Charles McGrath recently reviewed Steven Pinker’s The Sense of Style: The Thinking Person’s Guide to Writing in the 21st Century. Early on, McGrath writes about the book that Pinker’s book means to replace:
Though still revered, The Elements of Style, to be honest, is a little dated now, and just plain wrong about some things. Strunk and White are famously clueless, for example, about what constitutes the passive voice.Dated? Yes. “Temporally incorrect” is how I like to put it. And some of Strunk and White’s cautions and preferred usages baffle. But this business about “famously clueless”: like Pinker, McGrath repeats Geoffrey Pullum’s claim that Strunk and White do not understand the passive voice. As I’ve argued in a response to Pullum’s take on The Elements of Style, that claim is a misreading of the plain sense of Strunk and White’s text. Follow the link and see if you agree.
For a more thoughtful (and critical) appraisal of The Sense of Style, I’d recommend this review. Alex Sheremet patiently takes apart passages that Pinker presents as showpieces of good prose. In so doing, Sheremet makes me suspect that The Sense of Style ’s sense of style will make me slightly crazy. I am waiting for the library to make it happen.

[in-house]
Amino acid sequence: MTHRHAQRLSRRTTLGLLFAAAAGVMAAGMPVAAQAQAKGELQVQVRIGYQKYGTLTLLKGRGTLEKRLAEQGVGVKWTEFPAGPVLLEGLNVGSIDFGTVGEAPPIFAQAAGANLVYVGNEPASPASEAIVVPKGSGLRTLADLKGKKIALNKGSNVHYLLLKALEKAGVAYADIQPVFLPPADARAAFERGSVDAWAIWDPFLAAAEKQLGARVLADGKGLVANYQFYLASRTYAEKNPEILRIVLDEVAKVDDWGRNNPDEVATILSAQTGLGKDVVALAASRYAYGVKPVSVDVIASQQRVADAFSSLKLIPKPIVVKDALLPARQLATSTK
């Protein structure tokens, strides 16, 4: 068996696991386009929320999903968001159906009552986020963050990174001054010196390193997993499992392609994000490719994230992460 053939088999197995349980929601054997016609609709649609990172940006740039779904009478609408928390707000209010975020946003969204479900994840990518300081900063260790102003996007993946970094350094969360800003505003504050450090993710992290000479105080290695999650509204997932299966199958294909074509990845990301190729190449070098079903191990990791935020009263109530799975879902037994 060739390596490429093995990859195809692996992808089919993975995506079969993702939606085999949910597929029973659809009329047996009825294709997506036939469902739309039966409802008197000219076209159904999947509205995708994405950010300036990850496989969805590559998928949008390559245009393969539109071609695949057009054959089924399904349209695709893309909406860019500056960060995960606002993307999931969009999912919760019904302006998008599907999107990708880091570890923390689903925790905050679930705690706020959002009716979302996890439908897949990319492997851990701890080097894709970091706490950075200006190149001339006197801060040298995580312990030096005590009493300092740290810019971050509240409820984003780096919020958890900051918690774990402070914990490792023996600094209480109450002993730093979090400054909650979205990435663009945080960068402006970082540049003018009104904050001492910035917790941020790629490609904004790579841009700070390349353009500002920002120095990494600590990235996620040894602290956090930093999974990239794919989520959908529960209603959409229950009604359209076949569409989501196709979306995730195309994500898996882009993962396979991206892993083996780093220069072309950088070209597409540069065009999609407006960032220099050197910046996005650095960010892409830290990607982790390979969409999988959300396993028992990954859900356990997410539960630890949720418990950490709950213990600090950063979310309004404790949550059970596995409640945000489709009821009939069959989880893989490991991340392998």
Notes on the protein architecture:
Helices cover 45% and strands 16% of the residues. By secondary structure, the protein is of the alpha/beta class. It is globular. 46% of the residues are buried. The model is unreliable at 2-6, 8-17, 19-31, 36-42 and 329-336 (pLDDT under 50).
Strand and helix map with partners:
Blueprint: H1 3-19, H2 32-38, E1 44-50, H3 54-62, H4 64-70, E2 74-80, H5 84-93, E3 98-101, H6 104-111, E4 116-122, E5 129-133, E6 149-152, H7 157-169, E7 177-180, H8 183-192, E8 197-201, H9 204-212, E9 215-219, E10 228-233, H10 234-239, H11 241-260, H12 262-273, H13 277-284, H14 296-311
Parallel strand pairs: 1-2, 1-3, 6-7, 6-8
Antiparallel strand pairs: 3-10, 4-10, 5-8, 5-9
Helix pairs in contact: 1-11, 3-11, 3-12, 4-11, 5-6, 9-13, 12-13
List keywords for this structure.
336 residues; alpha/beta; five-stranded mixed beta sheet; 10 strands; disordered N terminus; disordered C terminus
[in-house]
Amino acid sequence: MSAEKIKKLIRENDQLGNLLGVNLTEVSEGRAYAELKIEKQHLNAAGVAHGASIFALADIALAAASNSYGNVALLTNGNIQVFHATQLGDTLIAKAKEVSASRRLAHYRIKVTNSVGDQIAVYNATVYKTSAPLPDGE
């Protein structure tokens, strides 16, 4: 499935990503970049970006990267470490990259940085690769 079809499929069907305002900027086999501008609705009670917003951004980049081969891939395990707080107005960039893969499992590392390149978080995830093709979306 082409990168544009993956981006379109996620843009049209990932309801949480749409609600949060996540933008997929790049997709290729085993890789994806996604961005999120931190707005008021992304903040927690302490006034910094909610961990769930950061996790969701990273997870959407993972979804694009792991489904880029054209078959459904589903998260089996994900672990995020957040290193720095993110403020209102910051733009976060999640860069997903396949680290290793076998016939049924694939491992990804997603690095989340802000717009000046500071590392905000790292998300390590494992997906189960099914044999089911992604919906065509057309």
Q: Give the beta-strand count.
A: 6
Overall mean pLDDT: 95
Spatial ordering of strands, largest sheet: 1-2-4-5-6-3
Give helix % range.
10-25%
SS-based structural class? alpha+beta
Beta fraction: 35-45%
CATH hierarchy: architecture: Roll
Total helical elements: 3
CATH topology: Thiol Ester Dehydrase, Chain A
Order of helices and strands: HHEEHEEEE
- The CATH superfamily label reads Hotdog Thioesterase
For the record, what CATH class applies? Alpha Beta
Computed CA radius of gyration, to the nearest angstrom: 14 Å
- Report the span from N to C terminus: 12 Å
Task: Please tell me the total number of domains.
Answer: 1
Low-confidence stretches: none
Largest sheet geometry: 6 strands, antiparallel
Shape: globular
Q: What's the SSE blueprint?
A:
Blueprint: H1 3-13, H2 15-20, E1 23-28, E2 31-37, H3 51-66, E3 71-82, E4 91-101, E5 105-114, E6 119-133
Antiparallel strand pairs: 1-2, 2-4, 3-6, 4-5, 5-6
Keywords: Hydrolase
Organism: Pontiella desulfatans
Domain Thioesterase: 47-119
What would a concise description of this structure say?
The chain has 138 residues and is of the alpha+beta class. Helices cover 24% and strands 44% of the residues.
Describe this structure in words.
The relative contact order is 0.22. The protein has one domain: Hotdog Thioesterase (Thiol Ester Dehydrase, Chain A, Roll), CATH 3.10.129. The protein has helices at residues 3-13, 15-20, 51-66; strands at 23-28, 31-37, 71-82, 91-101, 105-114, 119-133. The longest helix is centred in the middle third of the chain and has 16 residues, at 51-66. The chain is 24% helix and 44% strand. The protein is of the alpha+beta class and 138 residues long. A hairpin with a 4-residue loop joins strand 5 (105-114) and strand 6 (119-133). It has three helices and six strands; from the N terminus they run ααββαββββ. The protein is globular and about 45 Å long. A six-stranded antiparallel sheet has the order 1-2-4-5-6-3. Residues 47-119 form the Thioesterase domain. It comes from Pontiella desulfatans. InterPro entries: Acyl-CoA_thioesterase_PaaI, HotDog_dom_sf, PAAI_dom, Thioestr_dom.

An interested reader can find my pre-Sense of Style take on Pinker and Strunk and White in a post about a 2012 Pinker lecture. That post has had a number of visits from Harvard and environs, and I’ve wondered, of course, if one (or more) of the visitors might have been Steven Pinker. But I doubt it. Like the 2012 lecture, The Sense of Style gets the story of The Elements wrong, stating that E. B. White turned William Strunk’s “course notes“ into a book.
In 2013, this tweet made me happy. And it still does:
December 20, 2014: I’ve written a review of The Sense of Style.
All Elements of Style posts (Pinboard)